Rory McIlroy on the American fans: You just need to quieten them as much as possible

Rory McIlroy felt he and Thomas Pieters won their battle with the crowd on the second morning of the Ryder Cup at Hazeltine.

Rory McIlroy on the American fans: You just need to quieten them as much as possible

Rory McIlroy felt he and Thomas Pieters won their battle with the crowd on the second morning of the Ryder Cup at Hazeltine.

McIlroy, one of the European team's key men, described the atmosphere as a "hostile environment" at the end of the first day's action in Minnesota.

In Saturday morning's foursomes he and Pieters defied some booing, occasional heckling and fierce partisan support for the United States to beat Phil Mickelson and Rickie Fowler 4&2.

One of the worst incidents came on the seventh green as one fan yelled "hit it in the water" as Pieters stood over a putt.

McIlroy said: "You just need to quieten them as much as possible and we felt once we got up on the front nine they weren't as vocal and they weren't as behind the players. That's what you have to do.

"One of the biggest things for us is to get off to good starts and don't let them get any momentum."

Fowler fired up the crowd with a superb putt at the first green but Pieters responded to halve the hole and then put a finger to his lips in a hushing gesture.

Pieters said: "The first putt was big just to quieten them a little bit because they were so loud after Rickie made that putt on one.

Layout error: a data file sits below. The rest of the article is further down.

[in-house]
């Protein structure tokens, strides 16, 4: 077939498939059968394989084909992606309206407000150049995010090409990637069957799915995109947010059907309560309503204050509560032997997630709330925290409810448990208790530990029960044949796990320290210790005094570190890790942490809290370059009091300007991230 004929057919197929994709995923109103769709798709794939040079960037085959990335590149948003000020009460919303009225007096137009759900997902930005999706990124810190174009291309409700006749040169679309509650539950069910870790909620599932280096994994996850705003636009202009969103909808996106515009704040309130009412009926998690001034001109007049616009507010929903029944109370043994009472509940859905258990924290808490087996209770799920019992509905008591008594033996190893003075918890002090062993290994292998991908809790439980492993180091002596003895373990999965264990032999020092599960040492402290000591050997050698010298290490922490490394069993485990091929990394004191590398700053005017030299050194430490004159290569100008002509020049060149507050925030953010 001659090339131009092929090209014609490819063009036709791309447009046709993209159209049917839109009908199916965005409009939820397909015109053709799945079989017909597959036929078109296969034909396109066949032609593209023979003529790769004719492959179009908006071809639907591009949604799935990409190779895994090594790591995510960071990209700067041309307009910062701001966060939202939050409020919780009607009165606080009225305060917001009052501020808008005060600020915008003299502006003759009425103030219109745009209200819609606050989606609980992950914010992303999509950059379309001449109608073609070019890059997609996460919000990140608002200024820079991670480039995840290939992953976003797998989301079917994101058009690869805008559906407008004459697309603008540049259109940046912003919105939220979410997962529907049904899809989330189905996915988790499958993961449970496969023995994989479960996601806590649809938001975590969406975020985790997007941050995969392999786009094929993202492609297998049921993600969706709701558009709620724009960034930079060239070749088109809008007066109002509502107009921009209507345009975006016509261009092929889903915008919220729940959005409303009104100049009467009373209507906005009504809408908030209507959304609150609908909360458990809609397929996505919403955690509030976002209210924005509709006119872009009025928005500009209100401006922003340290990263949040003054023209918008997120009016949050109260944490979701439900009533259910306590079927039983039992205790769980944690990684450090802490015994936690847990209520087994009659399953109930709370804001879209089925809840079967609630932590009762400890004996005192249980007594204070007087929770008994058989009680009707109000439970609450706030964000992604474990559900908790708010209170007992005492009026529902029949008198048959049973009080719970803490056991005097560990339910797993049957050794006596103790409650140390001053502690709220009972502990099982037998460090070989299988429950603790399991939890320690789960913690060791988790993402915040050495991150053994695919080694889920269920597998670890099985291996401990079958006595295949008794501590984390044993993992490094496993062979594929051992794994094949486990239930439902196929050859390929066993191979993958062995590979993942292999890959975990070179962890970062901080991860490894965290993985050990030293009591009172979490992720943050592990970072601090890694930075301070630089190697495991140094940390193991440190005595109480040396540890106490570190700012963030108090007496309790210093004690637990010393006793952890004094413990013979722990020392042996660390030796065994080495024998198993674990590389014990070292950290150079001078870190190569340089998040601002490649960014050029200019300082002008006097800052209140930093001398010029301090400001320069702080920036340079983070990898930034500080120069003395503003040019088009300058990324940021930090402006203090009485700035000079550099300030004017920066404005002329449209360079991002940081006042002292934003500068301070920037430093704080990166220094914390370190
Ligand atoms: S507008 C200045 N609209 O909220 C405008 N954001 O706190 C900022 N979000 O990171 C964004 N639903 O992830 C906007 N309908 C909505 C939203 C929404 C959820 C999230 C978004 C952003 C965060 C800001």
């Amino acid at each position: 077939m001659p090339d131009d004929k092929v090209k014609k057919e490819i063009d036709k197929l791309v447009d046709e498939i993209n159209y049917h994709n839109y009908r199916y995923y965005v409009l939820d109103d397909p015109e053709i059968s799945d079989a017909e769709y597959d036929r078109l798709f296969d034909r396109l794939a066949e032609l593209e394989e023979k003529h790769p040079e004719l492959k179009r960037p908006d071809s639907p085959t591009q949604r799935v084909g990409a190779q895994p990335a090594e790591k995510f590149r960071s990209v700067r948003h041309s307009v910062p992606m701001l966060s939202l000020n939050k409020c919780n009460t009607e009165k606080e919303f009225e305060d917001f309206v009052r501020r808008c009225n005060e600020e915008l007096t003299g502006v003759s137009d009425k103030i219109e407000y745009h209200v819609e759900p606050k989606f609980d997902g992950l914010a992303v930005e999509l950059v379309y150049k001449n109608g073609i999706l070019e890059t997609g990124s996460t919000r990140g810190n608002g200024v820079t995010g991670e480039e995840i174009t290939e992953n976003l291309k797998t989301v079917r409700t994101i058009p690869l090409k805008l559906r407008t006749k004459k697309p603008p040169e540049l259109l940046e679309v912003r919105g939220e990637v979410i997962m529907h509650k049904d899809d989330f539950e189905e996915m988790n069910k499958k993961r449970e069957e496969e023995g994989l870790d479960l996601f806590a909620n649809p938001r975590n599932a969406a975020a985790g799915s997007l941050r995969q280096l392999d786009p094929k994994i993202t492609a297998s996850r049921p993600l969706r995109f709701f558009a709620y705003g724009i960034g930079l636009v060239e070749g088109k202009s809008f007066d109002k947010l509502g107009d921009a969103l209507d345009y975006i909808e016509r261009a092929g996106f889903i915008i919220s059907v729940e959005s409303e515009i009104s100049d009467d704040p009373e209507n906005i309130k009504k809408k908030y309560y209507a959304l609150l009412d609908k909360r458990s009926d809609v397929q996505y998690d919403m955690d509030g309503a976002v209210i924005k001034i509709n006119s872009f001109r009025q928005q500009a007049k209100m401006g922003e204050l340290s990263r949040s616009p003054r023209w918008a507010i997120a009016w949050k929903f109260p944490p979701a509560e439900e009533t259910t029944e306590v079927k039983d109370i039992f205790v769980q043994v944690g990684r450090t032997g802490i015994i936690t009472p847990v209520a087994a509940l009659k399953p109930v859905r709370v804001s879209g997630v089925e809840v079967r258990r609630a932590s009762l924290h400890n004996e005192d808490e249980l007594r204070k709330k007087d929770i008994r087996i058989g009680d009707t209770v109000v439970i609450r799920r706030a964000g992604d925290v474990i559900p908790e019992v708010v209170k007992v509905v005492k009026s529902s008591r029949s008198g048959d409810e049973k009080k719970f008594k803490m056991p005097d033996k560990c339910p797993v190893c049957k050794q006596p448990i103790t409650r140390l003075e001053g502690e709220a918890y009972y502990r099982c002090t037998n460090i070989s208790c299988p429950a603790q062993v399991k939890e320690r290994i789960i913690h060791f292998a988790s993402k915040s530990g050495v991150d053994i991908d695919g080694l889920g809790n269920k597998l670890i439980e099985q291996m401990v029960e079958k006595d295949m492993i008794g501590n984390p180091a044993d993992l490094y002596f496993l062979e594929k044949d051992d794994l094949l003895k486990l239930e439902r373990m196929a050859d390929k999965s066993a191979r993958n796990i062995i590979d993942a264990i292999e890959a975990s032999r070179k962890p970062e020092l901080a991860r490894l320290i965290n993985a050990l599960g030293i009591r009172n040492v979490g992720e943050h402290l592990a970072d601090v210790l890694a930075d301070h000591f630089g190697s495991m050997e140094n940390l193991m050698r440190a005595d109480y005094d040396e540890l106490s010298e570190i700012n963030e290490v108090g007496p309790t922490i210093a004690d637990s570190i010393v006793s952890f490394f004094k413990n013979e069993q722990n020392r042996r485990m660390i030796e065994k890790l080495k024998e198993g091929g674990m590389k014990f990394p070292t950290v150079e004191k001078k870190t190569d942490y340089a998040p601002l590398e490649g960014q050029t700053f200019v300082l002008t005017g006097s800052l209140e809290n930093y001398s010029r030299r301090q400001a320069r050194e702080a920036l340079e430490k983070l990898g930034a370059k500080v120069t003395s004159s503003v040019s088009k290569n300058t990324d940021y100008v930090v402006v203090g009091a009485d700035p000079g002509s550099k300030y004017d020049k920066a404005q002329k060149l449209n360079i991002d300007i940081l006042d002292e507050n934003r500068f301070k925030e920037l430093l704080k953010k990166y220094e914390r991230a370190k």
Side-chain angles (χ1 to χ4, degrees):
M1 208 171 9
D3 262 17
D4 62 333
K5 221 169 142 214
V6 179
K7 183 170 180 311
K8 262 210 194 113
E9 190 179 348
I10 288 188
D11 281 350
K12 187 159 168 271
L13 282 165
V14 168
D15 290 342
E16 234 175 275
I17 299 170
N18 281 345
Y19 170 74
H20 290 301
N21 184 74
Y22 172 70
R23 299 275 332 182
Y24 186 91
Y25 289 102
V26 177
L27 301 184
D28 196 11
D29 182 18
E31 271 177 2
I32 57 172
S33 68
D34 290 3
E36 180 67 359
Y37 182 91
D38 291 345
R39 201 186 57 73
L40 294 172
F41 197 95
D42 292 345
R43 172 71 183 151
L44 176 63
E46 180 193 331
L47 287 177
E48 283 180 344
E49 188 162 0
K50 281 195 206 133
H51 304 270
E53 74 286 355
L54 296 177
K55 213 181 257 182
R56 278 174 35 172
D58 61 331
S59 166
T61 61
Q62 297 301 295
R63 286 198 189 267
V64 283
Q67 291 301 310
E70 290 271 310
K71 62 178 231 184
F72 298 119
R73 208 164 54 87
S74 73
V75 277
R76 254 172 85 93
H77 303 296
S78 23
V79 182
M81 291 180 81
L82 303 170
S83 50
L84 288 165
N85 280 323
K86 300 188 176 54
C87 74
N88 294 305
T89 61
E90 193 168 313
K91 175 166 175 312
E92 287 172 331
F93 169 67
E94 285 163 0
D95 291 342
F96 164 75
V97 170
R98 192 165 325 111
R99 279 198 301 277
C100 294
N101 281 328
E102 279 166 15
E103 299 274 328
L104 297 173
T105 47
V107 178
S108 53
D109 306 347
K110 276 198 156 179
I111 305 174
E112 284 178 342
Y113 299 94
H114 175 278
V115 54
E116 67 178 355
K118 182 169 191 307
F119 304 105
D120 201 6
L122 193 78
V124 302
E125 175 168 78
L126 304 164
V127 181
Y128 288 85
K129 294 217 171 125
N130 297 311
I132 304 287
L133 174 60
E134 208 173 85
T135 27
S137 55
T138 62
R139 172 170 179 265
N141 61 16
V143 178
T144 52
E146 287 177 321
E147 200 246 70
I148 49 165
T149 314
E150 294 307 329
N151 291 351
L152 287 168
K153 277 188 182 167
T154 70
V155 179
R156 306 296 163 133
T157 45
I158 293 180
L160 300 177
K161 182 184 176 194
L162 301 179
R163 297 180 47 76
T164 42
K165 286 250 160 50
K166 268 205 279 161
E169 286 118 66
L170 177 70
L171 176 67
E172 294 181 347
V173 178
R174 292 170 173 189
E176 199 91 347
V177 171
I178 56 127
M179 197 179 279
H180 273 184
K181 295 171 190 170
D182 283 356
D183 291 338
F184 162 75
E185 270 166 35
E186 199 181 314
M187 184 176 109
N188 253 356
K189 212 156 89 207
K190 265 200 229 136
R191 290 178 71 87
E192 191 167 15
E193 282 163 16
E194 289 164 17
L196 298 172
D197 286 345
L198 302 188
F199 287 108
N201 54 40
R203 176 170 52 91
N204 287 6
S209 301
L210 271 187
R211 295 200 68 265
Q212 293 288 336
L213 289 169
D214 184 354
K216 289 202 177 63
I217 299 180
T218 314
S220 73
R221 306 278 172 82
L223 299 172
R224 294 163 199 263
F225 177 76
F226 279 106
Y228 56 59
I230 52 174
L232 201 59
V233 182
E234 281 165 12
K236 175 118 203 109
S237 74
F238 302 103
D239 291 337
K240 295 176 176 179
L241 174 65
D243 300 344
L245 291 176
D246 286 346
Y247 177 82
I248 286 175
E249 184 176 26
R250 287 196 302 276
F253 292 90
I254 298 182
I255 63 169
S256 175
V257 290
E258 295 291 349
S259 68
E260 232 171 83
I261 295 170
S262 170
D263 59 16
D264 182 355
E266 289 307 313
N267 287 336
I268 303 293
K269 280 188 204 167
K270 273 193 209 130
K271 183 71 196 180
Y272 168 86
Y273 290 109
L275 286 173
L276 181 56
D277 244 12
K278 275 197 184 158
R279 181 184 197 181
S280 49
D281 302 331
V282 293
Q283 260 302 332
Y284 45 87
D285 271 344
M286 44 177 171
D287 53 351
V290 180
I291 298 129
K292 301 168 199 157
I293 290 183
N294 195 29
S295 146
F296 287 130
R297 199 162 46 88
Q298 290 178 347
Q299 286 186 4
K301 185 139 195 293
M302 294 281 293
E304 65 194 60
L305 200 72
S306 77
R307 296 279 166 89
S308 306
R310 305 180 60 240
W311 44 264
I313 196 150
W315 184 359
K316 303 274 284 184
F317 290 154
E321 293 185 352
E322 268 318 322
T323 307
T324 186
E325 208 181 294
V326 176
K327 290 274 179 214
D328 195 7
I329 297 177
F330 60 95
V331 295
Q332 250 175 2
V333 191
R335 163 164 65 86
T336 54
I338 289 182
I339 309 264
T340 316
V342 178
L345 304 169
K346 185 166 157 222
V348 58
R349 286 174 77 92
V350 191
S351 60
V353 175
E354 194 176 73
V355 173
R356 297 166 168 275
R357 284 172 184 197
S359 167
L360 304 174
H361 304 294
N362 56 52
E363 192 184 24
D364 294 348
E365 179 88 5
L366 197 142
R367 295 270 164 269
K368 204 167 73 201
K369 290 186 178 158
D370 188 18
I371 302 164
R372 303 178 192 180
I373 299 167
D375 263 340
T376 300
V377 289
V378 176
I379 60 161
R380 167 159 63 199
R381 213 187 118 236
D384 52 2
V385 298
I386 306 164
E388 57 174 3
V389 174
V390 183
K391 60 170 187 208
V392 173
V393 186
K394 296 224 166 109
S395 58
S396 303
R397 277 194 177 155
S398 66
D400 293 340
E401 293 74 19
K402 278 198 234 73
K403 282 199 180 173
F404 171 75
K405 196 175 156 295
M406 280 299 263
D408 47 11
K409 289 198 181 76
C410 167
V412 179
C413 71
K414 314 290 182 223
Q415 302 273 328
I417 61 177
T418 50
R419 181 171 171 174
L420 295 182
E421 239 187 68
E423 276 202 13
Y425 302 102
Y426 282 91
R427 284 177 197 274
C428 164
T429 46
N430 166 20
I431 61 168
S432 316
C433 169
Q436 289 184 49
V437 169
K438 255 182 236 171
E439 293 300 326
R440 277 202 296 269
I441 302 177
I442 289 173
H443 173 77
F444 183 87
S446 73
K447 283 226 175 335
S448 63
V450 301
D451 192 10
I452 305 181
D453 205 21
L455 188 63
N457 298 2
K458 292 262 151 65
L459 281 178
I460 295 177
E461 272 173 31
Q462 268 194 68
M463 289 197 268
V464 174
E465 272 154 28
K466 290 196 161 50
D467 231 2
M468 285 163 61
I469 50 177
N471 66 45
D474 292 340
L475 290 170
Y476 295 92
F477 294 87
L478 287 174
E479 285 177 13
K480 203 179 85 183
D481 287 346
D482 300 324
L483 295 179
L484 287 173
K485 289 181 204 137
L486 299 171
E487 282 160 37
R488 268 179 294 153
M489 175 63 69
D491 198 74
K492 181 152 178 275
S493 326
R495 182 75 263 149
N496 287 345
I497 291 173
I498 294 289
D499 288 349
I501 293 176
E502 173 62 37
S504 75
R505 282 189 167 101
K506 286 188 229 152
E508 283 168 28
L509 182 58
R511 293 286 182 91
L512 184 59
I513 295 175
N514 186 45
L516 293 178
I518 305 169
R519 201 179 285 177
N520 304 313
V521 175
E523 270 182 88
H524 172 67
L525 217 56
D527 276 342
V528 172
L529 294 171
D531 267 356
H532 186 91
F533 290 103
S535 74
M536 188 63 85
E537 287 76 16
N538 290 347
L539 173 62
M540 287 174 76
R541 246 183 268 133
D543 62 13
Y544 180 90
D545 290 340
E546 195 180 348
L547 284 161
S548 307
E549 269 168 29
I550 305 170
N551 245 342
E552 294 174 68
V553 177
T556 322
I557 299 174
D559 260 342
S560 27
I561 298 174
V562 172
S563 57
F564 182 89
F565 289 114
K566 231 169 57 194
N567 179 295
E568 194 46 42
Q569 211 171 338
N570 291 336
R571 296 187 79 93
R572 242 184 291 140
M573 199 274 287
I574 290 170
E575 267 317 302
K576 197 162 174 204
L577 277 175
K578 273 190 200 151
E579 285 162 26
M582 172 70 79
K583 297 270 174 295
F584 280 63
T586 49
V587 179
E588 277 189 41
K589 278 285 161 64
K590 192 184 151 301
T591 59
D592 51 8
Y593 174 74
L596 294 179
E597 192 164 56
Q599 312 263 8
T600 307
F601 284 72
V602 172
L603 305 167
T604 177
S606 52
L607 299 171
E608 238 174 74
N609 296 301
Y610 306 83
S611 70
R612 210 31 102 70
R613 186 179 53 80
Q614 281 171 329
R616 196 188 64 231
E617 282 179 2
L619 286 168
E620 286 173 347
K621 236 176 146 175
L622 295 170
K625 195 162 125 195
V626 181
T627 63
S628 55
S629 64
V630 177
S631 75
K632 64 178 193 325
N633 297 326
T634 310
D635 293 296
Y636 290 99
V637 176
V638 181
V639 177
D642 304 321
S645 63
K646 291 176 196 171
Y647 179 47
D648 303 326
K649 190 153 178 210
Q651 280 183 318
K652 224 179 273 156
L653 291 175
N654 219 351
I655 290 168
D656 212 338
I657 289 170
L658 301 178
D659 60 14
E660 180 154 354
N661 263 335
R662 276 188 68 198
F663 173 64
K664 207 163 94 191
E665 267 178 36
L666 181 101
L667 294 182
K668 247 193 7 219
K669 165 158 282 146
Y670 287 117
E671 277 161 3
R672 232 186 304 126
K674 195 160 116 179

"But it's only golf. You just have to hit good shots at good moments, and that's all it takes."

An announcement was made at the first tee for fans to be respectful and McIlroy felt, on the whole, supporters did not overstep the mark.

The Northern Irishman made clear his disapproval of the heckler on the seventh by throwing a steely glare at the crowd after Pieters holed, but supporters also booed after that remark.

McIlroy said: "It's a great atmosphere and it seems like we're playing it in the right spirit. It's very competitive out on the golf course but it's still respectful."

McIlroy showed his emotion with an exuberant celebration and by bowing to the crowd after winning a point on Friday evening.

Some critics suggested he may have been goading the supporters but American captain Davis Love had no issue with it.

Love said: "It is all in good fun. I bowed to Rory myself on the range this morning!"

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